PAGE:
Cheers heard here for first 787 Dreamliner

October 1, 2011
| By Pete Daly |
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After a three-year delay, All Nippon Airways took possession of its first Boeing 787 Dreamliner passenger aircraft in Japan last week — much to the delight of hundreds of employees at GE Aviation sites in West Michigan.

At the GE Aviation-Muskegon plants (formerly known as Johnson Technology) in Port City Industrial Park and Norton Shores Industrial Park, employees were "very happy," having watched the Dreamliner saga unfold for a long period of time, according to the Muskegon operations president David Yacavone.

"We've been starting and stopping quite a bit as that Dreamliner has been delayed," said Yacavone. He added, however, that overall, GE has been shipping engines pretty steadily to Boeing for its new lines of aircraft, including the Dreamliner.

More than 800 Dreamliners have been ordered by airlines around the world since the first order for 50 was placed in 2004 — the largest order ever placed for a newly introduced airliner.

The Dreamliner has been called the world's most anticipated new airliner. However, it is not the largest nor does it have the longest range; its claim to fame is being built of lightweight composite materials that reduce its weight dramatically. Consequently, the Dreamliner will use about 20 percent less fuel than other similar-size aircraft in use today.

GE Aviation-Muskegon manufactures six parts for the turbine "hot section" in GE's new GEnx engine, which is going into some of the Dreamliners and also will be used in Boeing's new 747-8 wide-body aircraft. The Dreamliner is a twin-engine aircraft while the 747-8 has four engines.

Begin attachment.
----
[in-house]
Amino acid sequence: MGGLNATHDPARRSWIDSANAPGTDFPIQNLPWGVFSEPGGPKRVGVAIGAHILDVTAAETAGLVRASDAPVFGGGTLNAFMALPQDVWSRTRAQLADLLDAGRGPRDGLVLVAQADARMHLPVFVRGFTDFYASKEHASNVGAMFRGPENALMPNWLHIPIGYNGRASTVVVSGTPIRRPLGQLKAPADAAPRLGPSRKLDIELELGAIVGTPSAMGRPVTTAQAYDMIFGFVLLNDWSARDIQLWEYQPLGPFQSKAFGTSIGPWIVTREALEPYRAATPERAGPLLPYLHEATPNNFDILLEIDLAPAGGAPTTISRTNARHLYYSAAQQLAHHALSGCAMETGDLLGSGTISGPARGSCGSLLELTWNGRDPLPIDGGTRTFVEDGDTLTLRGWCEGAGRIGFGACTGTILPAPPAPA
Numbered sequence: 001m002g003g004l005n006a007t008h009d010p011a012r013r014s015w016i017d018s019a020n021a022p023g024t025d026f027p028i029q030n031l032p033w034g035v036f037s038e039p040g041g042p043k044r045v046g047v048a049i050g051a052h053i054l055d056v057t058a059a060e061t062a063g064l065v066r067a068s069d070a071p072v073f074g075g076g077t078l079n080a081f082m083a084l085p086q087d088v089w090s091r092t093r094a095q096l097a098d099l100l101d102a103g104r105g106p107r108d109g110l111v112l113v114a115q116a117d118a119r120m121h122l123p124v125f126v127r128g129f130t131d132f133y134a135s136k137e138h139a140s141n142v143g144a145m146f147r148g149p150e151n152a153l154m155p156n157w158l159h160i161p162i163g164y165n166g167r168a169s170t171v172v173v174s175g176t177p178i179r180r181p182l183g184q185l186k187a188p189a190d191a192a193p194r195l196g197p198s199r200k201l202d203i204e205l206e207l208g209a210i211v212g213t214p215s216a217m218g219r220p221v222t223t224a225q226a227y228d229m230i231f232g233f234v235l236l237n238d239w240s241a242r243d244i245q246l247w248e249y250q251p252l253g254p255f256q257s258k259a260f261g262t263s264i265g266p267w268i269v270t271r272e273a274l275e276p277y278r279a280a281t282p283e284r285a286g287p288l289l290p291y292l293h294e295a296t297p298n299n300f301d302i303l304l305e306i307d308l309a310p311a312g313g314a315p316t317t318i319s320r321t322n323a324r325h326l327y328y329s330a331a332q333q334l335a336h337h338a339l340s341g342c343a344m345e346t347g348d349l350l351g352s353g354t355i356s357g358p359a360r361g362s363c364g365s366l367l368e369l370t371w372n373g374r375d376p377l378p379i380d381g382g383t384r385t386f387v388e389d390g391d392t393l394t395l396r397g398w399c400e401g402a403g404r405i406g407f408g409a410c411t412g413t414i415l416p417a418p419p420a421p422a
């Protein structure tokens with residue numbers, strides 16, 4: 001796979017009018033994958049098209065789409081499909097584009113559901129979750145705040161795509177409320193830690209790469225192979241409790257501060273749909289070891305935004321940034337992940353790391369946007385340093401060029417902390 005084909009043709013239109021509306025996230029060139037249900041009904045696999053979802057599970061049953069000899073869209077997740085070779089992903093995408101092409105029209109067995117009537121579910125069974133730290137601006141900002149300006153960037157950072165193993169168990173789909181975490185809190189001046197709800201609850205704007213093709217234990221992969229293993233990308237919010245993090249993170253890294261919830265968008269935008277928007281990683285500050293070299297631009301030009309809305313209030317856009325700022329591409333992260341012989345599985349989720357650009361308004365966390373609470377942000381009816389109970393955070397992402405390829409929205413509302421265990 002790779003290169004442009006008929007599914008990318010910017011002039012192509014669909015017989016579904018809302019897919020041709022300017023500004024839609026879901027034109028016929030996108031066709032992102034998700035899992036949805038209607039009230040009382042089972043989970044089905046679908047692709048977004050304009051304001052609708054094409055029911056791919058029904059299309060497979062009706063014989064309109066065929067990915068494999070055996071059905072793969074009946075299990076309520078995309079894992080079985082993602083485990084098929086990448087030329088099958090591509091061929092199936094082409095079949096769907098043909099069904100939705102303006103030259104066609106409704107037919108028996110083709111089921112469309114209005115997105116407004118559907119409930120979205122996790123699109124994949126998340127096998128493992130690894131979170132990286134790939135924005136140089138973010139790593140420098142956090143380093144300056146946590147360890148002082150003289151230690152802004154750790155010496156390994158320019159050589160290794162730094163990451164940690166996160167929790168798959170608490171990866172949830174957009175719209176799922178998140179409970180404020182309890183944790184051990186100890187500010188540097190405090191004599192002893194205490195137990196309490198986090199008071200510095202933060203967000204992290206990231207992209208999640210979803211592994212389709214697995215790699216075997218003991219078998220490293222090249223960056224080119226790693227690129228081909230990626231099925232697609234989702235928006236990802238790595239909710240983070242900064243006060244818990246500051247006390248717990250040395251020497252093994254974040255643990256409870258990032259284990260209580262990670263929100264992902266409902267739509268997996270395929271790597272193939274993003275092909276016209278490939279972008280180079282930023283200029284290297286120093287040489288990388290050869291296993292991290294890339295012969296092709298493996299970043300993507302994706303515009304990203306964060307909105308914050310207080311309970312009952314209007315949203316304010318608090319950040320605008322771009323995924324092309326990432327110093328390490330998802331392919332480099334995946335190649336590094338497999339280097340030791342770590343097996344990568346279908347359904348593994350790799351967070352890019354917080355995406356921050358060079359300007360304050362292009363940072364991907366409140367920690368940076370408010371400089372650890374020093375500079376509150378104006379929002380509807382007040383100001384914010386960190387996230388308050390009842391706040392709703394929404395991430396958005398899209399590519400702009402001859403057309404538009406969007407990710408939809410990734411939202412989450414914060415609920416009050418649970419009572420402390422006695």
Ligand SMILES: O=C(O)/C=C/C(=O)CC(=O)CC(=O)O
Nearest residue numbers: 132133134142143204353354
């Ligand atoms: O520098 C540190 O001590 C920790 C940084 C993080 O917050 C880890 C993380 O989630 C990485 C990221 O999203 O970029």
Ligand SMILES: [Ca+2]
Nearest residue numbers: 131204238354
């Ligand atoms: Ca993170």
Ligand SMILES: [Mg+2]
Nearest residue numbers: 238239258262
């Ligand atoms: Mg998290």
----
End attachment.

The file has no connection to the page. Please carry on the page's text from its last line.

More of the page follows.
The GEnx is said to be the fastest-selling high-thrust jet engine in GE Aviation history, according to a spokesman for the company in New York.

Business is so good for GE Aviation-Muskegon that the Norton Shores plant is being expanded by 31,000 square feet, according to Yacavone. The company is up to 574 employees and has been hiring since February of last year, he said, including more employees for the GEnx engine parts lines.

"Currently, we have 52 salaried and hourly personnel working on those six product lines that we make for each engine. We have been hiring and we will continue to hire into that area — I'd say probably another 10."

Yacavone said the company employment roster should be around 602 by next year. "We've been doing real well throughout the whole downturn in Michigan. We've been hiring right along and growing," he added.

Yacavone said sales for the GE Aviation Muskegon facilities are predicted to grow at almost 15 percent on average over 2012 and 2013.

He said a lot of expensive, high-tech manufacturing equipment — much of it made in Michigan — has been acquired for the two plants. The parts they make in Muskegon and Norton Shores are difficult to make because they are used in the hottest section of the jet engine and thus subjected to tremendous stress, said Yacavone.

The "common core system" in the Dreamliner — essentially, it's brain and central nervous system — was developed and tested at GE Aviation Systems in Kentwood. The CCS is described as the aircraft's backbone for its computers, networks and interfacing electronics, and provides the primary computing environment for the Dreamliner.

During the three-year development program, GE added about 75 engineering and administrative personnel at the Kentwood facility, for a total of 400 local employees at work on the CCS for the Dreamliner. Now that the actual development of the system is done, most of the people who were involved in that stage have been assigned to other projects, such as the new Air Force in-flight refueling tanker, according to George Kiefer, vice president and general manager of Avionics North America, GE Aviation.

"The mood at the company is ecstatic," said Kiefer. "It is a lot of work to go through a development like this. It takes years and a lot of personal sacrifice from people, and to see all of this come together and be the start of a new technology that's out in the field, we're very pleased to be a part of that."

GE Aviation Systems also is providing the integrated landing gear system for the Dreamliner, which controls deployment and retraction of the landing gear, including the nose landing gear. In addition to the normal package of mechanical hardware, GE provides the flight deck interfaces and local control electronics.

All Nippon Airways "is redefining air travel, and the 787 Dreamliner will help take that experience to a new level," said Lorraine Bolsinger, president and CEO of GE Aviation Systems.

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